That’s what we need with Star Wars: a clean break with what has happened before, set in a future of the Star Wars Universe that’s separate enough to allow new and interesting story elements. Most especially:


Many, if not most, Star Wars stories take place between two existing storylines: Shadows of the Empire takes place between ESB and ROTJ; Clone Wars takes place between AOTC and ROTS. But Episode VII needs to move Star Wars progressively in new and unanticipated areas, so it should be set in a post-ROTJ future with its own independent storyline.

Star Wars needs to prove that it’s bigger than the Original Trilogy. The Prequels and the Expanded Universe have tried to chase the magic of the OT either by exploring backstories of OT characters (which is anti-climatic because you already know where the characters end up) or by directly rehashing OT elements (which end up as faux imitations). Star Wars needs to give up trying to relive the OT. It needs to prove that it can be bigger than the OT by expanding into story arcs that have nothing to do with what has happened before.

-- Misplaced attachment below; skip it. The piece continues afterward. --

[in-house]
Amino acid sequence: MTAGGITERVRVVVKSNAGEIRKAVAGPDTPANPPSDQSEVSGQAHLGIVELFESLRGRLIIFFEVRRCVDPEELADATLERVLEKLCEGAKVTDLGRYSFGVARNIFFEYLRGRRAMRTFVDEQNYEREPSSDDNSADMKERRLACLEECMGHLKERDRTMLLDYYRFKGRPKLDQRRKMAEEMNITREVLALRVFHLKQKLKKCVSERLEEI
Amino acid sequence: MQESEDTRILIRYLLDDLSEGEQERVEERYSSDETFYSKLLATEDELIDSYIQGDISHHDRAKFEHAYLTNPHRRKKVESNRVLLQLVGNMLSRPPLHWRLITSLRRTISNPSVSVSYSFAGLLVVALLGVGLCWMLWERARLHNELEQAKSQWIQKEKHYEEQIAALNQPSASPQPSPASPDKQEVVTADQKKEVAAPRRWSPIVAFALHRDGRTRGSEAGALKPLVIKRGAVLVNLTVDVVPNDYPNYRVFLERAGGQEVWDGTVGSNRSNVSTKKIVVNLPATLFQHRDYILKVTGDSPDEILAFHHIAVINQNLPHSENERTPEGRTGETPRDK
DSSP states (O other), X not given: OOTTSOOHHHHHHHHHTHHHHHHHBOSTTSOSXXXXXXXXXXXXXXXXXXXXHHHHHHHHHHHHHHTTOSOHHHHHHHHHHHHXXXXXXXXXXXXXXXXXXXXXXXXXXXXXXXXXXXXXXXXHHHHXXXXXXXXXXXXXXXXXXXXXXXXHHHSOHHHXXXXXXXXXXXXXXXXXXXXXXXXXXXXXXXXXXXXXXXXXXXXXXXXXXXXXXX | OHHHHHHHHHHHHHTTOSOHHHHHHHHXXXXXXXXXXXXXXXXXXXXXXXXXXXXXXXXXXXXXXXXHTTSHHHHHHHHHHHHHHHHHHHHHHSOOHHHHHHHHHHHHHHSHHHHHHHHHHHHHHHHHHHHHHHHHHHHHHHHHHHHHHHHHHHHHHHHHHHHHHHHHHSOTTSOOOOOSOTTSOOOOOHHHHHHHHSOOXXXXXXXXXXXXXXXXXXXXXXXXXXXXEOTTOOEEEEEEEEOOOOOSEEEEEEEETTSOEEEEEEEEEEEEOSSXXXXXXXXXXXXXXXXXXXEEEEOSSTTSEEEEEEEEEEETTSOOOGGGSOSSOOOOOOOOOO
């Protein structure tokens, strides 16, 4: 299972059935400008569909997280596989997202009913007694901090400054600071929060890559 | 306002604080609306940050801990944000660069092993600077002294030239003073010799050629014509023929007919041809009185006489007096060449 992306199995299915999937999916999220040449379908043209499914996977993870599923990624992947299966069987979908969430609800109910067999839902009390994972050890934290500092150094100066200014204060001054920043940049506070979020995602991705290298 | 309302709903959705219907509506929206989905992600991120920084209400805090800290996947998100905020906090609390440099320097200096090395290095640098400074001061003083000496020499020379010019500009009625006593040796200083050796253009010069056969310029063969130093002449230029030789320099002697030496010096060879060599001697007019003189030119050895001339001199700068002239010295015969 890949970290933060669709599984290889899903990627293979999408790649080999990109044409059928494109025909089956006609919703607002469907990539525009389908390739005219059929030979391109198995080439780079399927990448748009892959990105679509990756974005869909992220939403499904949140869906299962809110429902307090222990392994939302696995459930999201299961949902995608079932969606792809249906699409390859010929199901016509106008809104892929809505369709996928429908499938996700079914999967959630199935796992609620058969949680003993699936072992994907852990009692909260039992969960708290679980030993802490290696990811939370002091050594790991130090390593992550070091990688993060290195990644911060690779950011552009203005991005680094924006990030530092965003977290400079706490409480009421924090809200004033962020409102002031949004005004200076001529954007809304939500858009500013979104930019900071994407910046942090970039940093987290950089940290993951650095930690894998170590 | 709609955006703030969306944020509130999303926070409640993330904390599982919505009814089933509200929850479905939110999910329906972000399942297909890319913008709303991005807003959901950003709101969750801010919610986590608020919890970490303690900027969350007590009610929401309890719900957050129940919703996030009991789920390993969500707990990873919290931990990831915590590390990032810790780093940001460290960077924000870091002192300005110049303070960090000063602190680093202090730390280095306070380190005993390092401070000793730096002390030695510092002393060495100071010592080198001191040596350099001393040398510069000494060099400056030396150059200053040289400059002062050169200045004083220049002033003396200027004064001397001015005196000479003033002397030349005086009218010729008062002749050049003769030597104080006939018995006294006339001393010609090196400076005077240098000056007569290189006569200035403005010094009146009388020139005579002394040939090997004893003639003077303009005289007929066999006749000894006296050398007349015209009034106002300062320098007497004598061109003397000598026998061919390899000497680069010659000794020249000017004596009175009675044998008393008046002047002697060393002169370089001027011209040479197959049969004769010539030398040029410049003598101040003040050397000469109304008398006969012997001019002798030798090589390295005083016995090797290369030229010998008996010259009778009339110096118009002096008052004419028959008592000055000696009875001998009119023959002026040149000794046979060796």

Take Indiana Jones and the Kingdom of the Crystal Skulls. That movie tried to expand the Indy Universe with the introduction of his son Mutt so that future movies could follow his adventures. The idea was that the series could become more than just Indiana Jones himself. And it just didn’t work. The Indy Universe is not bigger than Indiana Jones. But I think the Star Wars Universe can be bigger than the OT’s characters, like Star Trek is bigger than Kirk and Spock.